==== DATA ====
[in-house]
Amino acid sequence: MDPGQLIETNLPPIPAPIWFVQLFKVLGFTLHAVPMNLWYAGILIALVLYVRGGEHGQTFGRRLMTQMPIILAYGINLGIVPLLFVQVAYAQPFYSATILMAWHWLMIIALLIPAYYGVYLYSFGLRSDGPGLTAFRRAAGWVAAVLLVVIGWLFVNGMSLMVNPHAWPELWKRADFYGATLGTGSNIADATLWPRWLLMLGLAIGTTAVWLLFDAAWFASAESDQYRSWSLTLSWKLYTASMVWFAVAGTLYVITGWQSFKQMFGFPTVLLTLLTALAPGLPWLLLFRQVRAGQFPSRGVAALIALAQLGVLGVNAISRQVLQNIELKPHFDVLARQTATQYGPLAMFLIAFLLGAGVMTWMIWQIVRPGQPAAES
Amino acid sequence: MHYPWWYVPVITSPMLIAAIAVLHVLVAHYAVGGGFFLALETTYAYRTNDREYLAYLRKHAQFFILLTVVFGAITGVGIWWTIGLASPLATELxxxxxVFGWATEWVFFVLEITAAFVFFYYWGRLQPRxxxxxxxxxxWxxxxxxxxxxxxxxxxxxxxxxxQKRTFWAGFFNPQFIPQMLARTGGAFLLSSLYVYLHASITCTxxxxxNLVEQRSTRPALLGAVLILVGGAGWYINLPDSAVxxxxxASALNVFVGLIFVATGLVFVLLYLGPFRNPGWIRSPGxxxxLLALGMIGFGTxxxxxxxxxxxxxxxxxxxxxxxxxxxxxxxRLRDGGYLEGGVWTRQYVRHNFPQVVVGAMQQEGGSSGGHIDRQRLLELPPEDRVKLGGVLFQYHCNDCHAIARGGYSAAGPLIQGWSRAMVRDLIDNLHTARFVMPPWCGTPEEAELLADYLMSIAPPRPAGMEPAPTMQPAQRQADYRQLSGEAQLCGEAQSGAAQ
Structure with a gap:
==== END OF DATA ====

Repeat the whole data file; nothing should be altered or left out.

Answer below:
[in-house]
Amino acid sequence: MDPGQLIETNLPPIPAPIWFVQLFKVLGFTLHAVPMNLWYAGILIALVLYVRGGEHGQTFGRRLMTQMPIILAYGINLGIVPLLFVQVAYAQPFYSATILMAWHWLMIIALLIPAYYGVYLYSFGLRSDGPGLTAFRRAAGWVAAVLLVVIGWLFVNGMSLMVNPHAWPELWKRADFYGATLGTGSNIADATLWPRWLLMLGLAIGTTAVWLLFDAAWFASAESDQYRSWSLTLSWKLYTASMVWFAVAGTLYVITGWQSFKQMFGFPTVLLTLLTALAPGLPWLLLFRQVRAGQFPSRGVAALIALAQLGVLGVNAISRQVLQNIELKPHFDVLARQTATQYGPLAMFLIAFLLGAGVMTWMIWQIVRPGQPAAES
Amino acid sequence: MHYPWWYVPVITSPMLIAAIAVLHVLVAHYAVGGGFFLALETTYAYRTNDREYLAYLRKHAQFFILLTVVFGAITGVGIWWTIGLASPLATELxxxxxVFGWATEWVFFVLEITAAFVFFYYWGRLQPRxxxxxxxxxxWxxxxxxxxxxxxxxxxxxxxxxxQKRTFWAGFFNPQFIPQMLARTGGAFLLSSLYVYLHASITCTxxxxxNLVEQRSTRPALLGAVLILVGGAGWYINLPDSAVxxxxxASALNVFVGLIFVATGLVFVLLYLGPFRNPGWIRSPGxxxxLLALGMIGFGTxxxxxxxxxxxxxxxxxxxxxxxxxxxxxxxRLRDGGYLEGGVWTRQYVRHNFPQVVVGAMQQEGGSSGGHIDRQRLLELPPEDRVKLGGVLFQYHCNDCHAIARGGYSAAGPLIQGWSRAMVRDLIDNLHTARFVMPPWCGTPEEAELLADYLMSIAPPRPAGMEPAPTMQPAQRQADYRQLSGEAQLCGEAQSGAAQ
Structure with a gap: